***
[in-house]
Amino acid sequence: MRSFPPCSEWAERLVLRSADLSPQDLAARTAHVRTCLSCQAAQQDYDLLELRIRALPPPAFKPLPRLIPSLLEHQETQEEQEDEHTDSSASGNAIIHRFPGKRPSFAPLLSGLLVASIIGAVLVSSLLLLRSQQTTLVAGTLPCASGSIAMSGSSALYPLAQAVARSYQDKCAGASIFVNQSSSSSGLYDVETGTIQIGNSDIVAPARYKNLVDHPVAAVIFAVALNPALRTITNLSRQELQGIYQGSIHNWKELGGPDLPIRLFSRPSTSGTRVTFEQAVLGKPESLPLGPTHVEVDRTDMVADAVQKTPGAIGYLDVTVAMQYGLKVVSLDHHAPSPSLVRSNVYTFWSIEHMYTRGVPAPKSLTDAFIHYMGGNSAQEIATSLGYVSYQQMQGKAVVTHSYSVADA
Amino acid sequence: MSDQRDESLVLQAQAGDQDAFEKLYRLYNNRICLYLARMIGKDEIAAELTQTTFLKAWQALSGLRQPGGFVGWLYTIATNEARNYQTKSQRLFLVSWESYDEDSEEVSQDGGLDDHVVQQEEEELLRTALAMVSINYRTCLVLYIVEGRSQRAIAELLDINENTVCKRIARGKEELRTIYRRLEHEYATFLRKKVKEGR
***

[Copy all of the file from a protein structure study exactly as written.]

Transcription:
[in-house]
Amino acid sequence: MRSFPPCSEWAERLVLRSADLSPQDLAARTAHVRTCLSCQAAQQDYDLLELRIRALPPPAFKPLPRLIPSLLEHQETQEEQEDEHTDSSASGNAIIHRFPGKRPSFAPLLSGLLVASIIGAVLVSSLLLLRSQQTTLVAGTLPCASGSIAMSGSSALYPLAQAVARSYQDKCAGASIFVNQSSSSSGLYDVETGTIQIGNSDIVAPARYKNLVDHPVAAVIFAVALNPALRTITNLSRQELQGIYQGSIHNWKELGGPDLPIRLFSRPSTSGTRVTFEQAVLGKPESLPLGPTHVEVDRTDMVADAVQKTPGAIGYLDVTVAMQYGLKVVSLDHHAPSPSLVRSNVYTFWSIEHMYTRGVPAPKSLTDAFIHYMGGNSAQEIATSLGYVSYQQMQGKAVVTHSYSVADA
Amino acid sequence: MSDQRDESLVLQAQAGDQDAFEKLYRLYNNRICLYLARMIGKDEIAAELTQTTFLKAWQALSGLRQPGGFVGWLYTIATNEARNYQTKSQRLFLVSWESYDEDSEEVSQDGGLDDHVVQQEEEELLRTALAMVSINYRTCLVLYIVEGRSQRAIAELLDINENTVCKRIARGKEELRTIYRRLEHEYATFLRKKVKEGR